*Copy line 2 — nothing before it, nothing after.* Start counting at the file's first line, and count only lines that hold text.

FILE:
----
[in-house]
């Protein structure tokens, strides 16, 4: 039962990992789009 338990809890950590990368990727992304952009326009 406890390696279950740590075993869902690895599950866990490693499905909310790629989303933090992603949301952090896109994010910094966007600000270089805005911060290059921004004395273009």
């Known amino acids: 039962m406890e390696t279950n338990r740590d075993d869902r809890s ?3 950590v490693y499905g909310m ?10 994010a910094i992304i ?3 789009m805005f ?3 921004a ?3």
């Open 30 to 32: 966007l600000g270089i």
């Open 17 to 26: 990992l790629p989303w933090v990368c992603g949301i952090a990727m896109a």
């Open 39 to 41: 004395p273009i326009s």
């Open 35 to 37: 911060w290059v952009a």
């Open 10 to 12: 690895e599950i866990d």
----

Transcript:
């Protein structure tokens, strides 16, 4: 039962990992789009 338990809890950590990368990727992304952009326009 406890390696279950740590075993869902690895599950866990490693499905909310790629989303933090992603949301952090896109994010910094966007600000270089805005911060290059921004004395273009």